Mars Rover Beams Back ‘Awesome’ Shot Of Surface
(CNN) — NASA released the first color images of the surface of Mars from its new rover Curiosity on Tuesday, showing a dusty, tan desert dominated by the rim of the crater where the craft landed.
The image — shot at an angle by a camera on Curiosity’s still-stowed robotic arm — shows the sandy plain ahead of the rover and the northern rim of Gale Crater, where the rover touched down early Monday. The image was shot through a retractable, transparent dust shield over the lens, making it “kind of murky,” said Ken Edgett, a senior scientist for the camera’s builder, Malin Space Science Systems.
Controllers wanted to make sure the camera still functioned after Curiosity’s 352-million-mile voyage and harrowing landing early Monday, Edgett told reporters at NASA’s Jet Propulsion Laboratory in Pasadena, California.
“This was basically a focus test,” he said, adding, “It works. It’s awesome. We can’t wait to open it and see what else we can see.”
The crater rim seen in the photo is more than 20 km (12.5 miles) from the rover, Edgett said.
Other images beamed back in the first day and a half since the landing include include 297 low-resolution color images of the final minutes of its descent. The pictures, posted on the space agency’s website, show some of the gyrations Curiosity went through beneath its parachute and the dust kicked up as it touched down.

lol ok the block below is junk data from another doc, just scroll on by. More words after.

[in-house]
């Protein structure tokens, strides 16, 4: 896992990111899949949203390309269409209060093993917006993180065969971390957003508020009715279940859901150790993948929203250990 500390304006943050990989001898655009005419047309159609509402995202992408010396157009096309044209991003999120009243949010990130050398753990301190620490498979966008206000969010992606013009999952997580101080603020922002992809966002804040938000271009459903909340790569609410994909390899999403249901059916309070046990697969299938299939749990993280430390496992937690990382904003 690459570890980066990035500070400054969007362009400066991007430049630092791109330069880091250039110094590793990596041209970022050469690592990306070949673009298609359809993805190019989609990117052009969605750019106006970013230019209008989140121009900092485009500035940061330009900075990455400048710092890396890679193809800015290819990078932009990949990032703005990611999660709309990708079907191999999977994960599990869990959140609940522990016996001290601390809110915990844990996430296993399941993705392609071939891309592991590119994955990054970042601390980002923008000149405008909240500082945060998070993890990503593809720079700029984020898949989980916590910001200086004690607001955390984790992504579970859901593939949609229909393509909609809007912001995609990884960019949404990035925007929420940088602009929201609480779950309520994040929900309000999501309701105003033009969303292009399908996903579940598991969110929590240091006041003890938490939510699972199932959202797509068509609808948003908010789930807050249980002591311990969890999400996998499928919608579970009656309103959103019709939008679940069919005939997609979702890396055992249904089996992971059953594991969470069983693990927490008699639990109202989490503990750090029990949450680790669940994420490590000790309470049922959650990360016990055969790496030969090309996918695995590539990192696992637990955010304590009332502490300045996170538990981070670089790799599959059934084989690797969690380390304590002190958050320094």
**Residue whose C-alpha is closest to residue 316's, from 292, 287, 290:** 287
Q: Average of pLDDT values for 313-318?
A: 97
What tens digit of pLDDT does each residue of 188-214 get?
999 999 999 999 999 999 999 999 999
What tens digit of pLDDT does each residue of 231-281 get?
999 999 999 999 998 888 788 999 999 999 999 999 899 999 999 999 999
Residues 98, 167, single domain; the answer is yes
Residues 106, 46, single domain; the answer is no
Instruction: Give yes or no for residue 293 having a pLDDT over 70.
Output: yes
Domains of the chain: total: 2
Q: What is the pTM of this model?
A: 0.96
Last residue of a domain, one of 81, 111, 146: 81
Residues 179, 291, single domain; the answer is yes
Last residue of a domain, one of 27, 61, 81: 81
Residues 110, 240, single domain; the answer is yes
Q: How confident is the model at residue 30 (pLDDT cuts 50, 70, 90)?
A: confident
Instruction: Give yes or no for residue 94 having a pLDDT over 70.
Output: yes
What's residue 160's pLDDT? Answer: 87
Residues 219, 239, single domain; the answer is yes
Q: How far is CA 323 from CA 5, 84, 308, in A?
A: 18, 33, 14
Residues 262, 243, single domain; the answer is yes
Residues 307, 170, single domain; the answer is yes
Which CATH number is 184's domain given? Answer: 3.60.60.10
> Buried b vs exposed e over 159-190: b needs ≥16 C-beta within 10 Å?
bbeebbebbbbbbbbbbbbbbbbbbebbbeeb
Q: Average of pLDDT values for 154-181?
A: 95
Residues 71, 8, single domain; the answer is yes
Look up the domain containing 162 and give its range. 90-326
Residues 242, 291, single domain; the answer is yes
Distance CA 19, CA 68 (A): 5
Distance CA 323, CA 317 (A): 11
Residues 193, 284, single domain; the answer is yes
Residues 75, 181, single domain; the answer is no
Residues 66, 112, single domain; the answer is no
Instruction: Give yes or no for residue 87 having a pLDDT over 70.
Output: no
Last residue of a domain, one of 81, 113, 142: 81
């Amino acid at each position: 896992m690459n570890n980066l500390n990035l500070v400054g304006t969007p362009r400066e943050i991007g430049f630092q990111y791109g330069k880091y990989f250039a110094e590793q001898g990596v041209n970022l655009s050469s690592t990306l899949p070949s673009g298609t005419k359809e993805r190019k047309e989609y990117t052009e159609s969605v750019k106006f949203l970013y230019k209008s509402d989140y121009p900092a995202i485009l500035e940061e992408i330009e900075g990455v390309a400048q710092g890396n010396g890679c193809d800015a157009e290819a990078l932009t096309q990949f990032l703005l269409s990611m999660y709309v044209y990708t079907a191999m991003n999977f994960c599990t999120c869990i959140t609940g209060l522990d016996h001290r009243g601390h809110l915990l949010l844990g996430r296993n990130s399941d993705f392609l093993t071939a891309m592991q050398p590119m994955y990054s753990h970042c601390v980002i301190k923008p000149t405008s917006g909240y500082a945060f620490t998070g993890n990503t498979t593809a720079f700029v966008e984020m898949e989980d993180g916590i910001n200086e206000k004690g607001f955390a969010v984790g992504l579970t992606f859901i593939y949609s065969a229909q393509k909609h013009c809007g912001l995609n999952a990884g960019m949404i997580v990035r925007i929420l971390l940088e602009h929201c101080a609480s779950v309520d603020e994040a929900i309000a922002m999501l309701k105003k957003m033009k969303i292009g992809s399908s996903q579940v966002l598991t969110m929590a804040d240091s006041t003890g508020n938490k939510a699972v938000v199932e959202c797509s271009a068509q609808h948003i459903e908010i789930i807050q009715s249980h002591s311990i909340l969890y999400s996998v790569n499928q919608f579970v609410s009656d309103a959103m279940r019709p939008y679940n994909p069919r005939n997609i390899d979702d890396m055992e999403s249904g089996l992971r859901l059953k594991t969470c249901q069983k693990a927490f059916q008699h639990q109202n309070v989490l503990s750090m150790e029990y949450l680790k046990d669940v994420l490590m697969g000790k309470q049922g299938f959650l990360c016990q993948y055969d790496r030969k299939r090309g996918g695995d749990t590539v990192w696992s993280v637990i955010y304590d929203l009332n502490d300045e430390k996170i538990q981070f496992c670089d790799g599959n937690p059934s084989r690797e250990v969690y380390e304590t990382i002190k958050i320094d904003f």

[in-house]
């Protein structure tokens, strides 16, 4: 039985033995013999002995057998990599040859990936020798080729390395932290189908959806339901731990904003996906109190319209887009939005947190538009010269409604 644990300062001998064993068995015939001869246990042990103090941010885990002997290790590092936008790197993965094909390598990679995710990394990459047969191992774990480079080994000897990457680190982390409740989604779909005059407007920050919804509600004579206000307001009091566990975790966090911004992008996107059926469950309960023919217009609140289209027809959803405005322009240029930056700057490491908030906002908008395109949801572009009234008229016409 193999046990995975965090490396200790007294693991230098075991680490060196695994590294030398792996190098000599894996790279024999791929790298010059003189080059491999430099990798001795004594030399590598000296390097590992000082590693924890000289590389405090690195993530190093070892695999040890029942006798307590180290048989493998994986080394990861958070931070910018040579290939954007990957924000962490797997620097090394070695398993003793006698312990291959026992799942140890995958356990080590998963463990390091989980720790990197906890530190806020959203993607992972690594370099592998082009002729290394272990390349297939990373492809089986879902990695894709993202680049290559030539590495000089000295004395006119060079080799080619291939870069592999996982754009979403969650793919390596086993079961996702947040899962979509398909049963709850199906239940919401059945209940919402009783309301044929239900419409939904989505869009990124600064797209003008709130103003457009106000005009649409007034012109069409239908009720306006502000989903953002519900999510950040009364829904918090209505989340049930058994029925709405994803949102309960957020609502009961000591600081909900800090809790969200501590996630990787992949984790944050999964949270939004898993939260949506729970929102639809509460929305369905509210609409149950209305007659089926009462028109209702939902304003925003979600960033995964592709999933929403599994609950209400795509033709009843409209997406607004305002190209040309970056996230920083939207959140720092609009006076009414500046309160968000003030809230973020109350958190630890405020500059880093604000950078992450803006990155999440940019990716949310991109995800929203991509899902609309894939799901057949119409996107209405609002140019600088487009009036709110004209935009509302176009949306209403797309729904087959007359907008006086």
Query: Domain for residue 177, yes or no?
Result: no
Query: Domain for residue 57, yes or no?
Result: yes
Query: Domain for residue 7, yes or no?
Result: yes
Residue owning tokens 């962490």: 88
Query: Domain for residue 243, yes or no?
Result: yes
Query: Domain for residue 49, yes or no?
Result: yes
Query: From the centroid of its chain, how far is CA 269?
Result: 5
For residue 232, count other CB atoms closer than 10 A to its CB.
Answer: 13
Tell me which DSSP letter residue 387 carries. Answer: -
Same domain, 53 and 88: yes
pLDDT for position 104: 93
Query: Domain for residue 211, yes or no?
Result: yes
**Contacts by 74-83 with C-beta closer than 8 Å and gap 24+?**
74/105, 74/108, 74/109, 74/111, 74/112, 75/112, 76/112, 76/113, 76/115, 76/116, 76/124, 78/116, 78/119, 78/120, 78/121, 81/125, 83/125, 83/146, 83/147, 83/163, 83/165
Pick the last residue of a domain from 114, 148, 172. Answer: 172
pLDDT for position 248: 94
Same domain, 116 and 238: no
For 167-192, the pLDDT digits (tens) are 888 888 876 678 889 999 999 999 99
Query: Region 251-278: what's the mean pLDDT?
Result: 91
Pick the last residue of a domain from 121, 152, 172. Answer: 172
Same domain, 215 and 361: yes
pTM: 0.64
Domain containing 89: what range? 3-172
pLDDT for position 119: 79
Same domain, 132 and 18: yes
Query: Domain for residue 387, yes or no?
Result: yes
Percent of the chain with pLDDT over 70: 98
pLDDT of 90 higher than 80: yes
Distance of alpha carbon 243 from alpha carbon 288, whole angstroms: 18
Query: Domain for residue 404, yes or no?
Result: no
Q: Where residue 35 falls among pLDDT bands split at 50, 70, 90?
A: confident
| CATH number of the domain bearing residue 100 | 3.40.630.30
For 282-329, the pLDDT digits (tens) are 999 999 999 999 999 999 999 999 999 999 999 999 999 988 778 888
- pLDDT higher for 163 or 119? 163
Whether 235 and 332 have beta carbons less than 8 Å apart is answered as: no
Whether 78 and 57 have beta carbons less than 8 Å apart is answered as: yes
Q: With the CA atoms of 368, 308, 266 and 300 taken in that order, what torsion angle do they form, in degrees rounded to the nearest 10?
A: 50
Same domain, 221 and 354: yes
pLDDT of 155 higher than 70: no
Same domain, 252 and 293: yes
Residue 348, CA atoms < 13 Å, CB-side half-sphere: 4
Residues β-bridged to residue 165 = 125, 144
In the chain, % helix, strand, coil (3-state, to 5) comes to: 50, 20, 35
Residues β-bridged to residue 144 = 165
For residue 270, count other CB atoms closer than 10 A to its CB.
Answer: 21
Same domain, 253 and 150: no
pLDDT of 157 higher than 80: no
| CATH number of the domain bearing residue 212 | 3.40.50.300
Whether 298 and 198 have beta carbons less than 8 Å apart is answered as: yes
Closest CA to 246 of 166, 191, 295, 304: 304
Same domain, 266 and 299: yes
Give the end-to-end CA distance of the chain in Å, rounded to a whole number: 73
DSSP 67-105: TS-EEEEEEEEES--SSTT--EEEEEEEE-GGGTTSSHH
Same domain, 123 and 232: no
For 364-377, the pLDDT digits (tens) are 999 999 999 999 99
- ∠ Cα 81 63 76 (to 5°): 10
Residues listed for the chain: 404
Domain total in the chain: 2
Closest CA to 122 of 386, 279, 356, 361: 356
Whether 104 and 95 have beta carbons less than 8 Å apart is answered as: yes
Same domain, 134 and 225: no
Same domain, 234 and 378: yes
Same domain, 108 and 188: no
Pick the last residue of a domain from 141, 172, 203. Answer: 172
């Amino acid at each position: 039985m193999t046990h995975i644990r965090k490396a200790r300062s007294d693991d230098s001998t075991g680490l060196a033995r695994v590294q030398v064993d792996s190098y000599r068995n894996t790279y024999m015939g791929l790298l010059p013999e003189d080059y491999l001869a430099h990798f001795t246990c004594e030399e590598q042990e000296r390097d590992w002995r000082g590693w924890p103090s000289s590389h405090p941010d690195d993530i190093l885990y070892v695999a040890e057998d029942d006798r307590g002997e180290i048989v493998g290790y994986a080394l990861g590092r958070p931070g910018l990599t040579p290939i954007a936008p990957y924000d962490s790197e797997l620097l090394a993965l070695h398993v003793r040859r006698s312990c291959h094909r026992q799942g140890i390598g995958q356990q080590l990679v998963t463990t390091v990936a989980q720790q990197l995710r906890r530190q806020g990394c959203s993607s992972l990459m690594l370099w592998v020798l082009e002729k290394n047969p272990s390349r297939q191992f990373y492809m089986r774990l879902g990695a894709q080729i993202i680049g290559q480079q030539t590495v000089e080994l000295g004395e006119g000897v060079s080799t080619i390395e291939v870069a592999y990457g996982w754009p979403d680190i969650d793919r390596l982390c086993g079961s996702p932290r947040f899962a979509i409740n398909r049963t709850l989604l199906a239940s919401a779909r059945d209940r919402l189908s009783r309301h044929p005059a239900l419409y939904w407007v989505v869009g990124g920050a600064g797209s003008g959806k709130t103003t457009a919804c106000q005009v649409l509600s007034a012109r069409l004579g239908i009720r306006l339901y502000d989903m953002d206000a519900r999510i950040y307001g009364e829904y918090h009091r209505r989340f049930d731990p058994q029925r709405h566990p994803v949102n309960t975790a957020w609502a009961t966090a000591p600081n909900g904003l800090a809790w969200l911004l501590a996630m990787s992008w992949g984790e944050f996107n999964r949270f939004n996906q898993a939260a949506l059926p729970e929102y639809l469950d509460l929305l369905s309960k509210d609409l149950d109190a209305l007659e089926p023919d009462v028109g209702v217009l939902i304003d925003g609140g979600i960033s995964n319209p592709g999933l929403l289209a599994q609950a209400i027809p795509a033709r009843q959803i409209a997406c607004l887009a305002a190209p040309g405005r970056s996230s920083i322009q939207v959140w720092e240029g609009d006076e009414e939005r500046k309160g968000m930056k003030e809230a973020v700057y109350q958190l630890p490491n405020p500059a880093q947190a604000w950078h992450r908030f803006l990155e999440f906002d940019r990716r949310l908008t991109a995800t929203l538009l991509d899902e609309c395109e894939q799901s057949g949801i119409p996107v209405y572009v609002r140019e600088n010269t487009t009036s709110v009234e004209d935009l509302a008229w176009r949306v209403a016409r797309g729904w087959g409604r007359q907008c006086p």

The $2.6 billion Curiosity made its dramatic arrival on Martian terrain in a spectacle popularly known as the “seven minutes of terror.” The landing involve a sky crane and the world’s largest supersonic parachute, which allowed the spacecraft carrying Curiosity to target the landing area that scientists had meticulously chosen.
“These are the days that people worked five and 10 years for, going on right now,” mission manager Michael Watkins said.
Curiosity, which will be controlled from JPL, has a full suite of sophisticated tools for exploring Mars. They include 17 cameras, a laser that can survey the composition of rocks from a distance and instruments that can analyze samples from soil or rocks.
The aim of its work is “to assess whether Mars ever had an environment able to support small life forms,” NASA said.
Curiosity is supposed to last for two years on Mars, but it may operate longer — after all, Spirit and Opportunity, which arrived on Mars in 2004, were each only supposed to last 90 Martian days. Spirit stopped communicating with NASA in 2010 after getting stuck in sand, and Opportunity is still going.
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